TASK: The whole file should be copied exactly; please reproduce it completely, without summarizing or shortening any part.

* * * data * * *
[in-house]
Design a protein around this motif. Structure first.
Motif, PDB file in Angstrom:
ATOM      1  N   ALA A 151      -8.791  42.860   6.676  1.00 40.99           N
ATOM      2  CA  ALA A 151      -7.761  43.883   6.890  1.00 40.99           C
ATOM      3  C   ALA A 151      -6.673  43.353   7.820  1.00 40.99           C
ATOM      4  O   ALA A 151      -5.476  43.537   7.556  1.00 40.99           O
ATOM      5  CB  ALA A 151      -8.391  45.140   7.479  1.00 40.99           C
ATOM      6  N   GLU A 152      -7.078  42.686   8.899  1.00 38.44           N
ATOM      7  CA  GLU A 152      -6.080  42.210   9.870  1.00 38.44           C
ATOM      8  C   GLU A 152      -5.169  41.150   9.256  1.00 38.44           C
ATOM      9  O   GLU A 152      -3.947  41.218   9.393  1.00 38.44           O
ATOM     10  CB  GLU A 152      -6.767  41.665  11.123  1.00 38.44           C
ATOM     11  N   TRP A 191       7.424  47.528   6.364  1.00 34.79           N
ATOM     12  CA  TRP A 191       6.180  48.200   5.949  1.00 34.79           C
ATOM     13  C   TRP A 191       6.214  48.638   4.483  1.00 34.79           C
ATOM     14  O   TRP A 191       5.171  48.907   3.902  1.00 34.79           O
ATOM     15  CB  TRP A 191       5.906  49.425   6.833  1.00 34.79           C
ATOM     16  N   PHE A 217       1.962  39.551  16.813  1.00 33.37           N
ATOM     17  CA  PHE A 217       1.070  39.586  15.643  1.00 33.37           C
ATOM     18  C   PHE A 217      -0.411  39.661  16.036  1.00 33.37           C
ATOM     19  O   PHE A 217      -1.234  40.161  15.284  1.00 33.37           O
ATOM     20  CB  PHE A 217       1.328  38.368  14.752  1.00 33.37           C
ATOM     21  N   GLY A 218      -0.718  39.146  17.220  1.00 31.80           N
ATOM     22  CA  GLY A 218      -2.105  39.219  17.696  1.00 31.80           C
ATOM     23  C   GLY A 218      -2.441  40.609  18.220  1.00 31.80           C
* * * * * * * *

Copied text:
[in-house]
Design a protein around this motif. Structure first.
Motif, PDB file in Angstrom:
ATOM      1  N   ALA A 151      -8.791  42.860   6.676  1.00 40.99           N
ATOM      2  CA  ALA A 151      -7.761  43.883   6.890  1.00 40.99           C
ATOM      3  C   ALA A 151      -6.673  43.353   7.820  1.00 40.99           C
ATOM      4  O   ALA A 151      -5.476  43.537   7.556  1.00 40.99           O
ATOM      5  CB  ALA A 151      -8.391  45.140   7.479  1.00 40.99           C
ATOM      6  N   GLU A 152      -7.078  42.686   8.899  1.00 38.44           N
ATOM      7  CA  GLU A 152      -6.080  42.210   9.870  1.00 38.44           C
ATOM      8  C   GLU A 152      -5.169  41.150   9.256  1.00 38.44           C
ATOM      9  O   GLU A 152      -3.947  41.218   9.393  1.00 38.44           O
ATOM     10  CB  GLU A 152      -6.767  41.665  11.123  1.00 38.44           C
ATOM     11  N   TRP A 191       7.424  47.528   6.364  1.00 34.79           N
ATOM     12  CA  TRP A 191       6.180  48.200   5.949  1.00 34.79           C
ATOM     13  C   TRP A 191       6.214  48.638   4.483  1.00 34.79           C
ATOM     14  O   TRP A 191       5.171  48.907   3.902  1.00 34.79           O
ATOM     15  CB  TRP A 191       5.906  49.425   6.833  1.00 34.79           C
ATOM     16  N   PHE A 217       1.962  39.551  16.813  1.00 33.37           N
ATOM     17  CA  PHE A 217       1.070  39.586  15.643  1.00 33.37           C
ATOM     18  C   PHE A 217      -0.411  39.661  16.036  1.00 33.37           C
ATOM     19  O   PHE A 217      -1.234  40.161  15.284  1.00 33.37           O
ATOM     20  CB  PHE A 217       1.328  38.368  14.752  1.00 33.37           C
ATOM     21  N   GLY A 218      -0.718  39.146  17.220  1.00 31.80           N
ATOM     22  CA  GLY A 218      -2.105  39.219  17.696  1.00 31.80           C
ATOM     23  C   GLY A 218      -2.441  40.609  18.220  1.00 31.80           C